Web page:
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ProM Tips — Which Mining Algorithm Should You Use? 27

Probably the most well-known and popular process mining tool available is ProM, an open source toolkit developed at Eindhoven University of Technology. ProM is a good choice to explore process mining, because it has consistently been at the forefront of that technology1.

If you start up ProM for the first time to try out Process Mining, the number of available plugins (almost 300) can be daunting. Just look at the plugins that discover a process model, and you end up counting at least 16.

What not to do

Many people have read about the alpha-algorithm in some paper, or in the ProM tutorial, and just keep using that one. Don’t do this. The alpha-algorithm is beautiful from a scientific perspective, because it can be formalized in 8 lines (see page 83 in this presentation) and because interesting properties can be proven around it.

For real-life logs, the alpha-algorithm is almost never the right choice. It won’t work. Well, it will give you a result, of course (it always does) — But the result won’t be good. So, don’t use it.

The 3 recommended Mining Algorithms

So, which algorithm should you use? I can recommend you to use the following three process discovery plugins in ProM.

1. Heuristic miner

The Heuristic Miner was the second process mining algorithm, closely following the alpha algorithm. It was developed by Dr. Ton Weijters, who used a heuristic approach to address many problems with the alpha algorithm, making this algorithm much more suitable in practice.

The Heuristic miner (previously Little Thumb) derives XOR and AND connectors from dependency relations. It can abstract from exceptional behavior and noise (by leaving out edges) and, therefore, is also suitable for many real-life logs.

One of the advantages is that a Heuristic net can be converted to other types of process models, such as a Petri net for further analysis in ProM.

2. Fuzzy miner

The Fuzzy miner is one of the younger process discovery algorithms, and was developed by Fluxicon co-founder Christian W. Günther in 2007. It is the first algorithm to directly address the problems of large numbers of activities and highly unstructured behavior.

The Fuzzy miner uses significance/correlation metrics to interactively simplify the process model at desired level of abstraction. Compared to the Heuristic miner it can also leave out less important activities (or hide them in clusters) if you have hundreds of them.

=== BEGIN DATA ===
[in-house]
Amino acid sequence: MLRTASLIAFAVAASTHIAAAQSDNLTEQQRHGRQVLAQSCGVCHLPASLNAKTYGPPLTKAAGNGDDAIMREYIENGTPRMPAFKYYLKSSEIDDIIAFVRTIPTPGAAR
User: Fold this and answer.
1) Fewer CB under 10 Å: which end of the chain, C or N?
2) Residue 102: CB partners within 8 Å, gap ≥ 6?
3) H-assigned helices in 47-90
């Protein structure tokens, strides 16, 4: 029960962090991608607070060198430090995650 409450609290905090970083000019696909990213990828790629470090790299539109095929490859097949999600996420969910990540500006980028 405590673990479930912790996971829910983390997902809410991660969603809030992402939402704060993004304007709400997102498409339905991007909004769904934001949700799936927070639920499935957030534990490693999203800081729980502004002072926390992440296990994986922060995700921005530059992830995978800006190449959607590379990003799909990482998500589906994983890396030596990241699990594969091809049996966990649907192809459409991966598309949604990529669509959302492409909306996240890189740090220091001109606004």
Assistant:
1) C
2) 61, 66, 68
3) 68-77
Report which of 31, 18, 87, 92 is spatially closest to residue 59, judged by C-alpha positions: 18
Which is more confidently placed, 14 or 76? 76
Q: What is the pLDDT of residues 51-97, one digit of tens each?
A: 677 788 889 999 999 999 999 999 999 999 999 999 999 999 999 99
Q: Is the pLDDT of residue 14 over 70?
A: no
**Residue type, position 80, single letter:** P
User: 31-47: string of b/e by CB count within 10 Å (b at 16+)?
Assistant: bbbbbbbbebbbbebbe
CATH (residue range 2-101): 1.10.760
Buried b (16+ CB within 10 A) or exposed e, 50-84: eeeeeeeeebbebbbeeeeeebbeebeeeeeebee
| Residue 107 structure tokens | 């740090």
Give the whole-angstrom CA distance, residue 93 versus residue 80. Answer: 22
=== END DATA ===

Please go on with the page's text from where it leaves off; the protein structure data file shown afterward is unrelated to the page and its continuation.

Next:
The fuzzy model cannot be converted to other types of process modeling languages, but you can use it to animate the event log on top of the created model to get a feeling for the dynamic process behavior.

[Update: The process mining algorithm in Disco is based on the Fuzzy miner. You can read more about how the Disco miner has been further developed based on the Fuzzy miner in the Disco Tour here.]

3. Multi-phase miner

The Multi-phase miner was the first algorithm to explicitly use the OR split/join semantics, as found in EPCs, enabling it to express complex behavior in relatively well-structured models. It was developed by Dr. Boudewijn van Dongen, a process mining veteran and longtime leading developer of ProM.

The Multi-phase miner folds XOR, AND, and OR connectors from so-called runs and displays the resulting model as an EPC. The EPC can then be exported to Aris (e.g., in Aris graph format) and further processed from there.

One of the advantages of the Multi-phase miner is that it constructs a model that always “fits” the complete event log (more on that in a later post). However, it is seldom useful for more complex processes because the model becomes unreadable.

What do you think?


In this post, I have tried to give you a pragmatic recommendation for which mining algorithm you should use, and when. So, while there may be other plugins that are fascinating from a scientific standpoint, I have focused here on what works in practice.

Let me know if you disagree, and please share your experiences in the comments!


  1. Another reason that many people like ProM, obviously, is that it’s free. But that is a topic for an entirely different discussion… 

Comments (27)

Hi! That was a good explanation about the diference between the pratical and theoretical use of the plugins to mining process. I had some doubts about this because I started to study process mining and in the beggining it’s dificult to know what is for what =P.
In my work (an bachelors degree monography) I’m writting about process mining and will not be possible to use real logs to show how the ProM works :(, so I’m going to simulate a process model in CPN tools and explain about the mining and analisys possibilities.
So, the main doubt that had arisen in my head was if I’m doing the right thing by describe the alpha algorithm and use it to mining a simulated event log. By the point of view that it is good for this type of work (cientific), as you have said, I’ve realized that everything it’s ok. Thanks by the post!